Thursday, July 26, 2007

Journal Monday 16th July 2007

Give thanks unto our Lord for He is faithful.

Between the noise of the frogs and the teenagers calling out in their baseball and tennis matches next door we find ourselves enjoying our new home. The sounds are different. The season is new to us and the countryside is so beautiful and green. Water is rushing around us after the typhoon which greeted us on Friday evening.

We enjoyed a comfortable flight with Qantas. As we left Cairns airport we were told to take up the extra empty seats at the bag of the aircraft. We had three seats each for the whole trip and so were able to stretch out and rest well.

It was raining when we arrived. Customs and immigration were straight forward and we were greeted by Hama-sensei and Yuko-sen, the designated driver. The trip took about 1 ½ hours along very smooth highways with heavily industrialized areas and the harbours. We have seen so many Toyota cars that are different to anything we get in Australia.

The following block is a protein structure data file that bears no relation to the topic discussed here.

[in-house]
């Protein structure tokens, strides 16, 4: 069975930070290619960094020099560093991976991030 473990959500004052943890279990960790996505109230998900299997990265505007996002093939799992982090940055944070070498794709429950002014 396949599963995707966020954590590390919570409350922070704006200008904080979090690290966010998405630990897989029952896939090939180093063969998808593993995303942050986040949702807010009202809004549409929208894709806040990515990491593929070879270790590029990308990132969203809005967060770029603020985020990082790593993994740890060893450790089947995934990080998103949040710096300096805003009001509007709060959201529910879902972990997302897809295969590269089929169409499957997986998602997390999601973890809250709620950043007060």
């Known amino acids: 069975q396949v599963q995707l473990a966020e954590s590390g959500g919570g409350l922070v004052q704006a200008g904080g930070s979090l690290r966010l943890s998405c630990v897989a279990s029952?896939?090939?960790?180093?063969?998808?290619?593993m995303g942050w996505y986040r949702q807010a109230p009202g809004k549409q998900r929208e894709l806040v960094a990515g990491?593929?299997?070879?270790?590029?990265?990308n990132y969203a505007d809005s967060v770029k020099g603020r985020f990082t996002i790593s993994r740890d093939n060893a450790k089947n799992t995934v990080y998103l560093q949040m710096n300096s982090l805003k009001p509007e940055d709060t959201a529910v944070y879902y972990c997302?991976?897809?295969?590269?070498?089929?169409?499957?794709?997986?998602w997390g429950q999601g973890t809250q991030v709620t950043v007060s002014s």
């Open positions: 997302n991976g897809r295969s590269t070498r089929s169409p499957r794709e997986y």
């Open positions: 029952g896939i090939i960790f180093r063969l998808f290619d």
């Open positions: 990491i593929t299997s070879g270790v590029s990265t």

After a long day of travel we reached our little house in the country. We were warmly greeted by Kawamura-Sumi-san, our landlady. She eagerly showed us around the house, explaining how to use the various gadgets and make the windows work. There were others here to greet us and we were glad to have a hospitable house. Our landlady had thought of everything for us – even toothbrushes and food in the fridge.

You can see some pictures of our house. It is quaint and beautiful with a very large garden area. We are truly in the country with rice paddies behind us, tea plantations across the road, a large greenhouse with healthy vegetables growing and a junior high school on the other side of us. Our house looks over the large tennis courts and baseball fields.